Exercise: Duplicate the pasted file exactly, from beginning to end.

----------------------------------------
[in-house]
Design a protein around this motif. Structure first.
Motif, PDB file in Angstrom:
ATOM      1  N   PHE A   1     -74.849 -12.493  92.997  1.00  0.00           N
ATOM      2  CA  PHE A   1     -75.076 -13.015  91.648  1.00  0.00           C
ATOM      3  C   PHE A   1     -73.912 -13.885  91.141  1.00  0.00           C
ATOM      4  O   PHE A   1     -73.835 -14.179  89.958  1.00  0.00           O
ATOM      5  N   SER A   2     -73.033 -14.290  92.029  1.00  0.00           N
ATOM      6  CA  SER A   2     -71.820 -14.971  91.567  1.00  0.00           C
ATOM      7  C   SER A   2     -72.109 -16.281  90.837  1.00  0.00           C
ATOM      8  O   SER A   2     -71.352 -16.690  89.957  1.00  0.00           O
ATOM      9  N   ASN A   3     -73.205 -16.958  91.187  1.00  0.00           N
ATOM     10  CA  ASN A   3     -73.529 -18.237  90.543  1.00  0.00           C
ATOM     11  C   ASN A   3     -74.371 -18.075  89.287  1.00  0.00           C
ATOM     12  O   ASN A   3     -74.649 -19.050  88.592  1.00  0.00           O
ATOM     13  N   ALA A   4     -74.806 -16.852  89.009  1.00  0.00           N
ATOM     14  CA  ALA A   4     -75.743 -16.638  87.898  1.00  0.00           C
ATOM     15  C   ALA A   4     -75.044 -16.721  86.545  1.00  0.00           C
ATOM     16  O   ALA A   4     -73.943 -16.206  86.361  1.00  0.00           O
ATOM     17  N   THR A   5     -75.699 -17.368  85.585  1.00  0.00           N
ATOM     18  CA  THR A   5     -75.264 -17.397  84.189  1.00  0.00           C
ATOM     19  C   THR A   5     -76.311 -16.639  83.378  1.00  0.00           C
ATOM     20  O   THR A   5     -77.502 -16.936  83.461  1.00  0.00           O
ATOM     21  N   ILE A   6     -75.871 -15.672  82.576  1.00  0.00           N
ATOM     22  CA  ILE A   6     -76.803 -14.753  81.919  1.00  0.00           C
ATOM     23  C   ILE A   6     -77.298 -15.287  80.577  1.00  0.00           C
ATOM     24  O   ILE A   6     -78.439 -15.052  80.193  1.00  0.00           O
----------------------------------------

[in-house]
Design a protein around this motif. Structure first.
Motif, PDB file in Angstrom:
ATOM      1  N   PHE A   1     -74.849 -12.493  92.997  1.00  0.00           N
ATOM      2  CA  PHE A   1     -75.076 -13.015  91.648  1.00  0.00           C
ATOM      3  C   PHE A   1     -73.912 -13.885  91.141  1.00  0.00           C
ATOM      4  O   PHE A   1     -73.835 -14.179  89.958  1.00  0.00           O
ATOM      5  N   SER A   2     -73.033 -14.290  92.029  1.00  0.00           N
ATOM      6  CA  SER A   2     -71.820 -14.971  91.567  1.00  0.00           C
ATOM      7  C   SER A   2     -72.109 -16.281  90.837  1.00  0.00           C
ATOM      8  O   SER A   2     -71.352 -16.690  89.957  1.00  0.00           O
ATOM      9  N   ASN A   3     -73.205 -16.958  91.187  1.00  0.00           N
ATOM     10  CA  ASN A   3     -73.529 -18.237  90.543  1.00  0.00           C
ATOM     11  C   ASN A   3     -74.371 -18.075  89.287  1.00  0.00           C
ATOM     12  O   ASN A   3     -74.649 -19.050  88.592  1.00  0.00           O
ATOM     13  N   ALA A   4     -74.806 -16.852  89.009  1.00  0.00           N
ATOM     14  CA  ALA A   4     -75.743 -16.638  87.898  1.00  0.00           C
ATOM     15  C   ALA A   4     -75.044 -16.721  86.545  1.00  0.00           C
ATOM     16  O   ALA A   4     -73.943 -16.206  86.361  1.00  0.00           O
ATOM     17  N   THR A   5     -75.699 -17.368  85.585  1.00  0.00           N
ATOM     18  CA  THR A   5     -75.264 -17.397  84.189  1.00  0.00           C
ATOM     19  C   THR A   5     -76.311 -16.639  83.378  1.00  0.00           C
ATOM     20  O   THR A   5     -77.502 -16.936  83.461  1.00  0.00           O
ATOM     21  N   ILE A   6     -75.871 -15.672  82.576  1.00  0.00           N
ATOM     22  CA  ILE A   6     -76.803 -14.753  81.919  1.00  0.00           C
ATOM     23  C   ILE A   6     -77.298 -15.287  80.577  1.00  0.00           C
ATOM     24  O   ILE A   6     -78.439 -15.052  80.193  1.00  0.00           O